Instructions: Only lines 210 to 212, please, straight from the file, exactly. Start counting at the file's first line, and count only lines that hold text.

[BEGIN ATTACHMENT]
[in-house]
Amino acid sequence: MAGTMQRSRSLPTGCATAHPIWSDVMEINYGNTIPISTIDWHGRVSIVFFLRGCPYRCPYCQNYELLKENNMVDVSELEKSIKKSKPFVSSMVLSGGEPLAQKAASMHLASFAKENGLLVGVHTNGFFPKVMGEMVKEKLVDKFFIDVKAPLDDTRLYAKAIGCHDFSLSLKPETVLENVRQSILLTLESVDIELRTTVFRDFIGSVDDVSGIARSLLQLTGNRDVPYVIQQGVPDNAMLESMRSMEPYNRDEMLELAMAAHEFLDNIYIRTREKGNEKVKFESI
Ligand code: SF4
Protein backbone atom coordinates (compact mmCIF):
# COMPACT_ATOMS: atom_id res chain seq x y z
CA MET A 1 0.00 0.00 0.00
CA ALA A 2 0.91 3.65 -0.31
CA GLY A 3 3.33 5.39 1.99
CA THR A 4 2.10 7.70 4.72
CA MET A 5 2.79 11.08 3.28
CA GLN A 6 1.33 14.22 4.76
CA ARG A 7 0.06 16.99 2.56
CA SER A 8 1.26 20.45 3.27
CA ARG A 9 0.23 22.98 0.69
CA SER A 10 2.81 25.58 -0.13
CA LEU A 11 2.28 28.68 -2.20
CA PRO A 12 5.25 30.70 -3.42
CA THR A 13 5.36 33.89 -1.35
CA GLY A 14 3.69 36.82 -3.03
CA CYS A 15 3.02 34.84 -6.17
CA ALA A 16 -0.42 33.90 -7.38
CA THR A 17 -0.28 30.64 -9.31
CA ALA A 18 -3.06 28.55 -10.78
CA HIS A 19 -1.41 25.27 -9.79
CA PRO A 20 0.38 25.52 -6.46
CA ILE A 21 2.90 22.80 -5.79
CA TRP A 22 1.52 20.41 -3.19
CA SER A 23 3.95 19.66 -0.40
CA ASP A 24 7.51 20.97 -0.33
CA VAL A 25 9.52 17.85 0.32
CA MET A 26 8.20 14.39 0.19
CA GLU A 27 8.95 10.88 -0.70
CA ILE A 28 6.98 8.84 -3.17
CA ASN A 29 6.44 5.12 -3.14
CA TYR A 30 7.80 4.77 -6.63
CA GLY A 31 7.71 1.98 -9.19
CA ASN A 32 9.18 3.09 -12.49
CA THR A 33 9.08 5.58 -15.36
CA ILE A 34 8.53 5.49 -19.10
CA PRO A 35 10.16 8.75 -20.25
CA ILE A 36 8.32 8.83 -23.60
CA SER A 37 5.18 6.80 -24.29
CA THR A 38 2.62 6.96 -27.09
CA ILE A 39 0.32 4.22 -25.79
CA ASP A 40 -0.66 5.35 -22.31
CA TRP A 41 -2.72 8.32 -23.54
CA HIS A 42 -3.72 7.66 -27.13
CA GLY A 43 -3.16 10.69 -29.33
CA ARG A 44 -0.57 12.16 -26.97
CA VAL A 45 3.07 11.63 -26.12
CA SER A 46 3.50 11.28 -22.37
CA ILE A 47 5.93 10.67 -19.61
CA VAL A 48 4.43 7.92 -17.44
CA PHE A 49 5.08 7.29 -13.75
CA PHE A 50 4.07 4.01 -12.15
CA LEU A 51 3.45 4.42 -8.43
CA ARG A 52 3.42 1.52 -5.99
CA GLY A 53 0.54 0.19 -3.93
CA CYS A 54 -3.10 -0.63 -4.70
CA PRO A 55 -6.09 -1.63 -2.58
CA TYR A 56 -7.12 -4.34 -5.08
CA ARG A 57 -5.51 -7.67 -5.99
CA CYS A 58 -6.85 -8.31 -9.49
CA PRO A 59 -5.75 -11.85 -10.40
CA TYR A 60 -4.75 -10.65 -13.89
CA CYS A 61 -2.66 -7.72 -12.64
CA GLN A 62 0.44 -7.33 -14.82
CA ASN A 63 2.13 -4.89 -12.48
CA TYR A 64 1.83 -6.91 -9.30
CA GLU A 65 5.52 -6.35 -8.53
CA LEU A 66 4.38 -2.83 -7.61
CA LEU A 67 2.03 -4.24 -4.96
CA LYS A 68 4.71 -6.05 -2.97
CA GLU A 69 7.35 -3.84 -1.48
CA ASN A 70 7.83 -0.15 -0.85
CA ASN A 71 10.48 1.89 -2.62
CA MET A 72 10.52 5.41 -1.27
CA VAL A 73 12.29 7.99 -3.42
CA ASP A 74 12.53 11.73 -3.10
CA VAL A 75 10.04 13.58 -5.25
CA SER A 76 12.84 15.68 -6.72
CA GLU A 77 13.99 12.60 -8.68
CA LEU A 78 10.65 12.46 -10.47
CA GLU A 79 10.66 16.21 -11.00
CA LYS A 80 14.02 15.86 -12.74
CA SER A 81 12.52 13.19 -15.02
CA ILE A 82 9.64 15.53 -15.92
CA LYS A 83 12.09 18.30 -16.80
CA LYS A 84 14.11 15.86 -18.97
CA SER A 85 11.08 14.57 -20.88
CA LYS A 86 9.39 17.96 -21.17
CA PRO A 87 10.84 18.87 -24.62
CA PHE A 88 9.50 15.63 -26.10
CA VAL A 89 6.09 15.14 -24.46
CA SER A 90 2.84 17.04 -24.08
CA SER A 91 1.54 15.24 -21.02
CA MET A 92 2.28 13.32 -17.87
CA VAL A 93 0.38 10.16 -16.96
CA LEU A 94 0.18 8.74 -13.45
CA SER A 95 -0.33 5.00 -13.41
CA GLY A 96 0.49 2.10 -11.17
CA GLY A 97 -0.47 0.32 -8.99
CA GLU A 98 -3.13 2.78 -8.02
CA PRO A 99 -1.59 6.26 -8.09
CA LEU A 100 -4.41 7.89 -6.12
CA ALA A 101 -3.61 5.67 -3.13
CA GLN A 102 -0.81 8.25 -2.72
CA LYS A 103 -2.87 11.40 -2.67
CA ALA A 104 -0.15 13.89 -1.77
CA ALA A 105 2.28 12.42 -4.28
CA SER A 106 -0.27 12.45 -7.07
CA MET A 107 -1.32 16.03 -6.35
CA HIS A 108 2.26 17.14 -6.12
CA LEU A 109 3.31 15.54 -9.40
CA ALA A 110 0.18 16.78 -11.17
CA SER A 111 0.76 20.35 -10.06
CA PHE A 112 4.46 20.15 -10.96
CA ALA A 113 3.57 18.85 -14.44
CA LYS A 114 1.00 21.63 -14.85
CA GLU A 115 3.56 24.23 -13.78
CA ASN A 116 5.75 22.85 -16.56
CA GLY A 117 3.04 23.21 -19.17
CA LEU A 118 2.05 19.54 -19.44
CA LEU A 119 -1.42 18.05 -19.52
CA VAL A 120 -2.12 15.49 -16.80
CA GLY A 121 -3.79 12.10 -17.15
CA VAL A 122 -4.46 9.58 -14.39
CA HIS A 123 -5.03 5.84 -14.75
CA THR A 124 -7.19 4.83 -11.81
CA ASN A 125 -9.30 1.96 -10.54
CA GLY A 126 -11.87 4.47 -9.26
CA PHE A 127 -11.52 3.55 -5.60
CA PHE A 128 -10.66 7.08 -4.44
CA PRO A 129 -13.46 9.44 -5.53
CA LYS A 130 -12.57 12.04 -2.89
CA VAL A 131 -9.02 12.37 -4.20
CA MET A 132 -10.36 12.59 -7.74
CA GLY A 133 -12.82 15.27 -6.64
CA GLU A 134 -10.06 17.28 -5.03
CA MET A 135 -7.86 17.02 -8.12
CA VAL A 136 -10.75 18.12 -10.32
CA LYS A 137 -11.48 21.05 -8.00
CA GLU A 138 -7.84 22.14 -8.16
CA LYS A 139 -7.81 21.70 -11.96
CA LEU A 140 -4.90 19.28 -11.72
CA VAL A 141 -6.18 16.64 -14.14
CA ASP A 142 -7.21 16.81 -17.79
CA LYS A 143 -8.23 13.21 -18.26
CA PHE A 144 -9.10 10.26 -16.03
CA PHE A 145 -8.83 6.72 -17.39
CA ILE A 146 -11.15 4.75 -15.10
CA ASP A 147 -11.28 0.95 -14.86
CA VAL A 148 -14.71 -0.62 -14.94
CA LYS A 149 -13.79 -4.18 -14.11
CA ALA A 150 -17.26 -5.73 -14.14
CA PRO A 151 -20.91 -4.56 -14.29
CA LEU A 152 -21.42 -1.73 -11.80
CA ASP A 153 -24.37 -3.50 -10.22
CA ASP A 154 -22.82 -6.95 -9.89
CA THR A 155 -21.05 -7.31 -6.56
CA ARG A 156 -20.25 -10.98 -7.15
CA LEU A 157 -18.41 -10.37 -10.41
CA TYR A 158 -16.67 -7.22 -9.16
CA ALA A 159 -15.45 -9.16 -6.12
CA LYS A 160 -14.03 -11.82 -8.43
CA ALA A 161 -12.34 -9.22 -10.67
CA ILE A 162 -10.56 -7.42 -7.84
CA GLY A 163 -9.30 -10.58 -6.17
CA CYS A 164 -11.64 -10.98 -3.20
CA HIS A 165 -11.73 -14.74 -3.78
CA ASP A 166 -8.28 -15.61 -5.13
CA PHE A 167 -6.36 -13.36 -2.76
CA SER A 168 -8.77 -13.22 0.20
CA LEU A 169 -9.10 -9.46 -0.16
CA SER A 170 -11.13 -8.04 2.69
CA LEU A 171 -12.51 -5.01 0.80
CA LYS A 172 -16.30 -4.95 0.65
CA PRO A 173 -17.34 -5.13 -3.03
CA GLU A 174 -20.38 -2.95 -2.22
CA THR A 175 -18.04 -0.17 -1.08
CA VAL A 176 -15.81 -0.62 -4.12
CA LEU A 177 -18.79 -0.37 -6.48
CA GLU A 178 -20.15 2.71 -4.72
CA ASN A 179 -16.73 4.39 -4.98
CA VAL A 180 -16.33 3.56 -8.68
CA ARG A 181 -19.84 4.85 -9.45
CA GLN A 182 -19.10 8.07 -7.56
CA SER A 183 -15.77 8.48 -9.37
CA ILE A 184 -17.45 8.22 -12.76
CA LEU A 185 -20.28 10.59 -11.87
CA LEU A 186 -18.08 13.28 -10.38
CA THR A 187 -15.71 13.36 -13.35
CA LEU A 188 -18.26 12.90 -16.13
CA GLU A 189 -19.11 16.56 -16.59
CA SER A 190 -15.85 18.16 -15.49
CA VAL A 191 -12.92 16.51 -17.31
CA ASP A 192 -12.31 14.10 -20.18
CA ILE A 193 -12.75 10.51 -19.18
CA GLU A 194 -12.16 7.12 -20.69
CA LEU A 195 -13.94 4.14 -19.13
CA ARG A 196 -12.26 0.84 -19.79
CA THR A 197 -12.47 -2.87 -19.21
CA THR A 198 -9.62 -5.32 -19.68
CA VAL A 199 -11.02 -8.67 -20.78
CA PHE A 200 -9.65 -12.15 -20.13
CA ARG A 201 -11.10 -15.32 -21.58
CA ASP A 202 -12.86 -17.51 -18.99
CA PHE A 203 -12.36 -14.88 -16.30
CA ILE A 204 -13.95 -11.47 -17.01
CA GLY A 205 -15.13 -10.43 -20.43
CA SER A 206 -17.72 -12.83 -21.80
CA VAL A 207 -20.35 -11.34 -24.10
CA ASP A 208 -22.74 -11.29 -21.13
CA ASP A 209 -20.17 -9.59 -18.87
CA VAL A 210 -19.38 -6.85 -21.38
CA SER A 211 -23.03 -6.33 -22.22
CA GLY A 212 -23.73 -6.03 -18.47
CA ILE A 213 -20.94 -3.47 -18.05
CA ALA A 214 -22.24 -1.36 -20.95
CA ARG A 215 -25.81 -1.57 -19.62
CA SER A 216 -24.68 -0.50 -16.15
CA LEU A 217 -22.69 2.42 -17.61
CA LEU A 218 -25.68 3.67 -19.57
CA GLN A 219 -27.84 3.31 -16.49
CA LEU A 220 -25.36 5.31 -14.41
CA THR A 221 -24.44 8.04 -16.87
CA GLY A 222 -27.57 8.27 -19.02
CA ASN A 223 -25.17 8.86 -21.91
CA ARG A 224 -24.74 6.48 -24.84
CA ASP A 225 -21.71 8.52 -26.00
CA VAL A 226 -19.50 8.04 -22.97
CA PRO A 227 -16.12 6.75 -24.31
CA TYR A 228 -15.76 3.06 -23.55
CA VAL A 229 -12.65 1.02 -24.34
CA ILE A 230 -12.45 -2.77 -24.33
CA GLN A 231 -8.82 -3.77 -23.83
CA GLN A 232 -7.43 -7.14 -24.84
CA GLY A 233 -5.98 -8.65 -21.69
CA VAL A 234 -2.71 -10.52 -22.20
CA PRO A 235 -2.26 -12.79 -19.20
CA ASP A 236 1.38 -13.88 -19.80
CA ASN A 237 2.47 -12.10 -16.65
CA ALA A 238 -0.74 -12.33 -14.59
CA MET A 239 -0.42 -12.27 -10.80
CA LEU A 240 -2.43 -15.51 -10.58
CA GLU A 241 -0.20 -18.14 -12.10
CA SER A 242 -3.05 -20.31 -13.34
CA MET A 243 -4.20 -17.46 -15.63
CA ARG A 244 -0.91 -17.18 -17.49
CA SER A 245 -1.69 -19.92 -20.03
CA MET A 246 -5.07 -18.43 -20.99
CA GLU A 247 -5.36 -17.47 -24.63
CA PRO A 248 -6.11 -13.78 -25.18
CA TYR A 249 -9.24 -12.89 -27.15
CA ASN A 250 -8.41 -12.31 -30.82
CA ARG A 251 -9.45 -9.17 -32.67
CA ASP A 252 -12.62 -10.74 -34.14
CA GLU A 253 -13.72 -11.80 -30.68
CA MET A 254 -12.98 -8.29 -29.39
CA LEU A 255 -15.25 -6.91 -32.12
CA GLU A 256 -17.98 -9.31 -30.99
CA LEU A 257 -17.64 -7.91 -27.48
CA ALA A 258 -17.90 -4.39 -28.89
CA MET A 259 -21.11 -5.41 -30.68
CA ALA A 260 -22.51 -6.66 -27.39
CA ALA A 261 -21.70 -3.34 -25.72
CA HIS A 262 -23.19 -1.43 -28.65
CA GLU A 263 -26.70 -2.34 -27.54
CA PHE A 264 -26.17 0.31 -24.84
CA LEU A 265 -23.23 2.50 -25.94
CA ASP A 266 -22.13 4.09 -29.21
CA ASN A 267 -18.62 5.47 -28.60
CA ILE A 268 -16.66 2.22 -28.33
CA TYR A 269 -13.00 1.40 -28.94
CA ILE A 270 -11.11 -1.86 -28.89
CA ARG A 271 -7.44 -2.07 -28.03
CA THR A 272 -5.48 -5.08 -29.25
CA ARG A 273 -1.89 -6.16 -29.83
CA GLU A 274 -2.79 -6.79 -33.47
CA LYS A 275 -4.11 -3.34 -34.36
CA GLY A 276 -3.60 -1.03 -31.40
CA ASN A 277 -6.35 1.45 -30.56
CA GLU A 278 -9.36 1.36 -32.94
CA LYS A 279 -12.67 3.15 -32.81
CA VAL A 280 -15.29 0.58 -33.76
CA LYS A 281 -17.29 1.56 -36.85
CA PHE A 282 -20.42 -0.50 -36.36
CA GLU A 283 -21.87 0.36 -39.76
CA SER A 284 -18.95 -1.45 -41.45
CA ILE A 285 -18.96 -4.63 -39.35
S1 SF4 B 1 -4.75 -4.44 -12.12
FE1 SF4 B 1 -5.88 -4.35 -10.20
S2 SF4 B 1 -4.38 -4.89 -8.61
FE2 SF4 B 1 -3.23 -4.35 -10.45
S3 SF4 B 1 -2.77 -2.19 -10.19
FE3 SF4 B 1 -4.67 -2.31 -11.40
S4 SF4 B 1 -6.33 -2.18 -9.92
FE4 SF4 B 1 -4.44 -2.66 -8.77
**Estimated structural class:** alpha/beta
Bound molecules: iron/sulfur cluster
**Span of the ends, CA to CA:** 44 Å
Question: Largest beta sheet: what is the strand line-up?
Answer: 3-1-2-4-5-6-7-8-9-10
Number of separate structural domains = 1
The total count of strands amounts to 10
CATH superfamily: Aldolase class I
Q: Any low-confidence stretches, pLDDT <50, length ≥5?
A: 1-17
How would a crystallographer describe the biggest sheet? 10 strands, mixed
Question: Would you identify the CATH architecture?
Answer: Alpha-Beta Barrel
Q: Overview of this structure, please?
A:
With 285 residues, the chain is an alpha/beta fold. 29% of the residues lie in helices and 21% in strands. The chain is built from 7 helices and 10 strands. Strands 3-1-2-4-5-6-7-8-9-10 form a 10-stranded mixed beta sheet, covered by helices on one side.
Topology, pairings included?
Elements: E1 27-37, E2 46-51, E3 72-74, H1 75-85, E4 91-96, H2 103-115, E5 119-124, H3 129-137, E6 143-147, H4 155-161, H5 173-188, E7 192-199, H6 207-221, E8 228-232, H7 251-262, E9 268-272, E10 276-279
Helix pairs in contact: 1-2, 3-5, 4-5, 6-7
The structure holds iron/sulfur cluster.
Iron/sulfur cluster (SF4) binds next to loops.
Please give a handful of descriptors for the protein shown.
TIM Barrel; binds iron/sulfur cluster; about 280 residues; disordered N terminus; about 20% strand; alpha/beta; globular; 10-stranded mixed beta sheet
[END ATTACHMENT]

CA GLY A 205 -15.13 -10.43 -20.43
CA SER A 206 -17.72 -12.83 -21.80
CA VAL A 207 -20.35 -11.34 -24.10